Shatter Me


YASSSSS! (As Kelly Clarkson would cheer!) I finally finally made it in time for one of my challenges. It only took me 17 weeks, but HEY, better late than never. Unfortunately this one hits a little (or A LOT?) close to home, but that’s probably why I was able to write it. It’s very bleak, so maybe don’t read it if you’re already feeling a little blue… Just sayin’. SOOO, here it be. My take on Prompt #17:

Ava could see the look of pity in his eyes the moment he stepped through the door. His gaze lingered over her face, taking in the hard lines — it was devastating for him to see how the years had etched away at her features. She had been beautiful once, he thought. But it had been too long and he could see life had been too hard on her. Guilt flooded him and Jay looked away, uncomfortable in the silence.

She didn’t recognize this Jay. Days of growth shaded his jaw and he looked as if he hadn’t slept in weeks. Instead of its usual smile, his mouth was closed in a straight line. A decade may have altered his demeanor, but it hadn’t touched his natural good looks. Olive skin and muscular physique commanded attention, but it was his warm amber eyes that really drew you in. Like hot chocolate on a winter’s day, they warmed you from the inside out.

She was the first to speak. “What, no witty banter? No silly quips?” Bitterness infused her words.

“Ava.” His voice was so soft she almost didn’t hear him.

“Why did you even come?” She nearly spat the question. This reunion had been less than a minute but felt like a lifetime. She didn’t want him to see her this way. Couldn’t stand the thought of him being in the same room right now. Not in the hospital, not while she lay in this mechanical bed with equipment hooked to every orifice of her body. She inadvertently tucked a stray red hair behind her ear.

“You know why,” again his tone was soft, almost like he didn’t want to speak the words. Like maybe if he didn’t say it loud enough, the situation wouldn’t exist. But it did exist. There was physical proof. Proof in the form of a ten year-old boy.

“Where is Dylan?” she asked, hope swelling in her chest. Her blue eyes lit up at just the thought of seeing him.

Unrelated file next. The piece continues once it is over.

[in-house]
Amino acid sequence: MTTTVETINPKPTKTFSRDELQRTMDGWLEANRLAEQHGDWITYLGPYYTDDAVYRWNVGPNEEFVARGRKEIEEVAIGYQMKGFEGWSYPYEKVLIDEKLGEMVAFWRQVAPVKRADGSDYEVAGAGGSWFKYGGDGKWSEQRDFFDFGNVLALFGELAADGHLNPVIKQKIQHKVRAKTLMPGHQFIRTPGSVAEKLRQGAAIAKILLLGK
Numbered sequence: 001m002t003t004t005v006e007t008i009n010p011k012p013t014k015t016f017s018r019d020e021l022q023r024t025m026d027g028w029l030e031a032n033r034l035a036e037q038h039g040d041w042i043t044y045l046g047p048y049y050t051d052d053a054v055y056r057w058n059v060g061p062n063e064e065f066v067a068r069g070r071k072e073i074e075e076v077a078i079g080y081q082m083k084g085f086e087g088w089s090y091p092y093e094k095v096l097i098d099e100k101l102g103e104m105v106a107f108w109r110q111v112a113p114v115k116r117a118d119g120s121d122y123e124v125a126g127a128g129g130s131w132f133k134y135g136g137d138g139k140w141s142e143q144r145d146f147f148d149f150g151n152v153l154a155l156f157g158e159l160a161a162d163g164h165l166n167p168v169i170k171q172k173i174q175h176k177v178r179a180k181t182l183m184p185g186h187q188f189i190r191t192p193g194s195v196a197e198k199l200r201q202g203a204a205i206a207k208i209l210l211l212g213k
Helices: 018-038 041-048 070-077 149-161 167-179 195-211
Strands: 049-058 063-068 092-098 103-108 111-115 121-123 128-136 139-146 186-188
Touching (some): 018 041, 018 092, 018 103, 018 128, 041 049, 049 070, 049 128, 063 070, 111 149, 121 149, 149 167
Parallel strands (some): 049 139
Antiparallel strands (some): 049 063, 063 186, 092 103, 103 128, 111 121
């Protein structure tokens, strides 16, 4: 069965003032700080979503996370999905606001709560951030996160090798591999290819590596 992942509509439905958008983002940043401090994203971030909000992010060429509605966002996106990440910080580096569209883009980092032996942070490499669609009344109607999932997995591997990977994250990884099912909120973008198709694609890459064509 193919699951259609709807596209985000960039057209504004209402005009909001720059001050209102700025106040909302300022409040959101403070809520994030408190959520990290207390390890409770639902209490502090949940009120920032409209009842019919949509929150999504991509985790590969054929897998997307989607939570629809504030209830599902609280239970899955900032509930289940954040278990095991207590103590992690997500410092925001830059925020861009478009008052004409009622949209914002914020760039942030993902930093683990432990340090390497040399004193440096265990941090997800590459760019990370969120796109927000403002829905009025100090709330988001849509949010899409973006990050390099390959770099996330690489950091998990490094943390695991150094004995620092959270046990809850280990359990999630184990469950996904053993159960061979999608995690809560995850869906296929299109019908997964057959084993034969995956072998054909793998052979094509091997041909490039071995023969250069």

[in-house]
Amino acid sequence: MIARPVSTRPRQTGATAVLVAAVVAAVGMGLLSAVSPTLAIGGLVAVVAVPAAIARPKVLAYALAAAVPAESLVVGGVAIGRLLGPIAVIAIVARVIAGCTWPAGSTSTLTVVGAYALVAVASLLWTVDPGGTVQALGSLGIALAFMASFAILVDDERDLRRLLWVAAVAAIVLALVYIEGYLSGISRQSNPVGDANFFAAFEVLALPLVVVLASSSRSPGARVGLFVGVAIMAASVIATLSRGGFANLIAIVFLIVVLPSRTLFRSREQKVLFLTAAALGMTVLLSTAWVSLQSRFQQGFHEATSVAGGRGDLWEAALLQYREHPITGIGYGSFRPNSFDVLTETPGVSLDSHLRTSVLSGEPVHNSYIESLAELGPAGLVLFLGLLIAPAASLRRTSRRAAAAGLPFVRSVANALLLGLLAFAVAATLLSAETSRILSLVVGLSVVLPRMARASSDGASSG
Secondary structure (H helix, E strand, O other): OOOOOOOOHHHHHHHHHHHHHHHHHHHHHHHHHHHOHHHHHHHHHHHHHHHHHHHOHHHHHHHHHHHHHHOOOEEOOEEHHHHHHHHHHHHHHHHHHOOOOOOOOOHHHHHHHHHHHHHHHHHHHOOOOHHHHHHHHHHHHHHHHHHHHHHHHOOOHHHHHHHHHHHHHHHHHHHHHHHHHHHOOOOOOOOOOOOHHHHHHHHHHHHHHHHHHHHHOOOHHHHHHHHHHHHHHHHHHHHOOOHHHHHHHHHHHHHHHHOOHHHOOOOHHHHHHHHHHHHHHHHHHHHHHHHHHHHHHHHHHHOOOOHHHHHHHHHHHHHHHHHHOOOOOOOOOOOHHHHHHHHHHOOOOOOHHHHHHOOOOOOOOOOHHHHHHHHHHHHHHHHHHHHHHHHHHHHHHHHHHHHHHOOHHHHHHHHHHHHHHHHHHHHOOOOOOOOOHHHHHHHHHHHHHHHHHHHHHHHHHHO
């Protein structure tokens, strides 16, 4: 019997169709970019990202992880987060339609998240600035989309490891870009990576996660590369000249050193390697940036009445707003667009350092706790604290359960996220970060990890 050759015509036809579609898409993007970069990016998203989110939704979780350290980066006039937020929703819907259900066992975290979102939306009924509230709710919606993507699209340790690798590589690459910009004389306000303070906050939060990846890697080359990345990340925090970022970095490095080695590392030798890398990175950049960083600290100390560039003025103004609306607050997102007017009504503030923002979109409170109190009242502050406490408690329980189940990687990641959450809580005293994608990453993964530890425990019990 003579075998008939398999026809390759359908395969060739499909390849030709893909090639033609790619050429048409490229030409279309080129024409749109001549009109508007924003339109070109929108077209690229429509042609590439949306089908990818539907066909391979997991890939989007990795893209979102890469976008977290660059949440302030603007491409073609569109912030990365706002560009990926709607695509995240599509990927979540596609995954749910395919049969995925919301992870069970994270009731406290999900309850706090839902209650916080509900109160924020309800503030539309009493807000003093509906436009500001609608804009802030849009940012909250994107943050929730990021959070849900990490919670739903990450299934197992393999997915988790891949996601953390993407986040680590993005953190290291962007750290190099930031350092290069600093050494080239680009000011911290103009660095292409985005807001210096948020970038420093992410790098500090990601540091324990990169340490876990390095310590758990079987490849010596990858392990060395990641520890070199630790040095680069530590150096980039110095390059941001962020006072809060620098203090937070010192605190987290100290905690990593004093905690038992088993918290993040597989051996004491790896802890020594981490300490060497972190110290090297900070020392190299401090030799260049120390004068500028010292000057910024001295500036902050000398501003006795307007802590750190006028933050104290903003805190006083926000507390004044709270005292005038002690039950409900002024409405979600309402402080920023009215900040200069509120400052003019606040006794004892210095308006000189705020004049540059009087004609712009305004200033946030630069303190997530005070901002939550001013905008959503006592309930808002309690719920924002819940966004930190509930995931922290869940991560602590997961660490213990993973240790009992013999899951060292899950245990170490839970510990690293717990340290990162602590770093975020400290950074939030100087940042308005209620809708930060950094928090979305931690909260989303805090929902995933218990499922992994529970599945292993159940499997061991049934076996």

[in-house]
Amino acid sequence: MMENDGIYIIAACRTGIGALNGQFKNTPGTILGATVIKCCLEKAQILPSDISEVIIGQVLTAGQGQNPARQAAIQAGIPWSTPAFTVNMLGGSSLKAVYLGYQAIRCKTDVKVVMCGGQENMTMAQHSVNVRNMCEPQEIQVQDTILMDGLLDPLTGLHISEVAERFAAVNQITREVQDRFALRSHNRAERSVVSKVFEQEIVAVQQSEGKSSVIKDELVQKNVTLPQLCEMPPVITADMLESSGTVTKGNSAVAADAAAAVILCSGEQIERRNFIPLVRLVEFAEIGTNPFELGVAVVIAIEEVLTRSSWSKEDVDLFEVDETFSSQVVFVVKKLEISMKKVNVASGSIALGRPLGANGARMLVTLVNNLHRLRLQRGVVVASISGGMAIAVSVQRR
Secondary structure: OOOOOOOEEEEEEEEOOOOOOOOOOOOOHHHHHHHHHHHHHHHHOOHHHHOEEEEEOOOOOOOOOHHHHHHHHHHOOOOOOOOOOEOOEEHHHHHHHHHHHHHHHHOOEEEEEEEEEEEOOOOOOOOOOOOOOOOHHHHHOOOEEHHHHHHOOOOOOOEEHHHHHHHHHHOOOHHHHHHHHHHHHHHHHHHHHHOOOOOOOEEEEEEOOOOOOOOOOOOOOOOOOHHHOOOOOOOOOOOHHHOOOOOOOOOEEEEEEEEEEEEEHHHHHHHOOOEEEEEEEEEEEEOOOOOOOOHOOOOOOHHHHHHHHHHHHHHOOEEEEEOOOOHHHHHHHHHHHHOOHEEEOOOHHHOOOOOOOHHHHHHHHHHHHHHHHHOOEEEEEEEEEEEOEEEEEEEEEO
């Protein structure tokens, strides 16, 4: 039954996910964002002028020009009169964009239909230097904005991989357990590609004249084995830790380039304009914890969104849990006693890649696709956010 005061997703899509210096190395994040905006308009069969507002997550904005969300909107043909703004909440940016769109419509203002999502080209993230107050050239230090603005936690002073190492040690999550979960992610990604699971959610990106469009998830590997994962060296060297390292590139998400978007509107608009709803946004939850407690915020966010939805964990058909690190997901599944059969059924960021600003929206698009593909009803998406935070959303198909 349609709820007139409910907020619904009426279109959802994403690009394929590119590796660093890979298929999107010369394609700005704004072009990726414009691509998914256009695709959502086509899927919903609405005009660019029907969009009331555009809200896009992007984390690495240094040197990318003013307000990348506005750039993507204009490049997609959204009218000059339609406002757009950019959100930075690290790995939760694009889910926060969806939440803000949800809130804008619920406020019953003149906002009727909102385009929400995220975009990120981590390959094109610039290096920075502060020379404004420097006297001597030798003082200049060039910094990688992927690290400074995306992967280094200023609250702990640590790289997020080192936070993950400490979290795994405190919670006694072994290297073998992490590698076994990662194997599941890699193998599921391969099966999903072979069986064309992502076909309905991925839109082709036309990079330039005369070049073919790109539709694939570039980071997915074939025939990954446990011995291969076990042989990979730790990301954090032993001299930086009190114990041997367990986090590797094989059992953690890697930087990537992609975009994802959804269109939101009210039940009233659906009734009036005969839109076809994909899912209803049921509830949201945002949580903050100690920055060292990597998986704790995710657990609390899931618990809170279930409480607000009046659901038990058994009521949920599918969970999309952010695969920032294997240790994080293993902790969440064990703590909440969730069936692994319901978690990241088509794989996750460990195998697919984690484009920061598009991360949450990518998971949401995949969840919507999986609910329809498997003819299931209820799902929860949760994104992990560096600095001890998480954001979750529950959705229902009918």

“He’ll be here soon.” He looked away and Ava’s stomach immediately dropped.

“You’re kidding, right?” she admonished. “You have got to be kidding. Even you wouldn’t do that to me? Bring her here to flaunt?”

“It was the only way. I couldn’t get him and then bring him here in time.”

“So you sent the one person I hate more than you?”

“She’s his mother.”

Ava could feel her body temperature rising, her face flushed and she started to see red. “I’m his mother. But then again, neither of you ever acknowledged it. She made sure of that.”

“It wasn’t her fault.”

“You’re right. It was your fault. You should’ve stood by me. Stood up for me. At least to some point.” One of the monitors started beeping. “I blame her for not backing off when she found out you had a pregnant fiance. And for scheming ways to undermine me as his parent after Dylan was born. But the last straw was when Dylan started calling me by my first name because “she” was his mommy. My own son.” Another machine started in, the beeping alternating between fast and super fast when the lights started to flicker. “And that, I blame you for! You were so worried about pissing her off that you let her completely take over as Dylan’s mother until I didn’t even exist anymore.” Ava was almost screaming now, and had the numerous wires not been holding her in place, she would’ve jumped out of the bed and done whatever she could to Jay who, at the moment, looked like a deer caught in headlights.

“I’m sorry,” those amber eyes flickered and her stomach filled with warmth.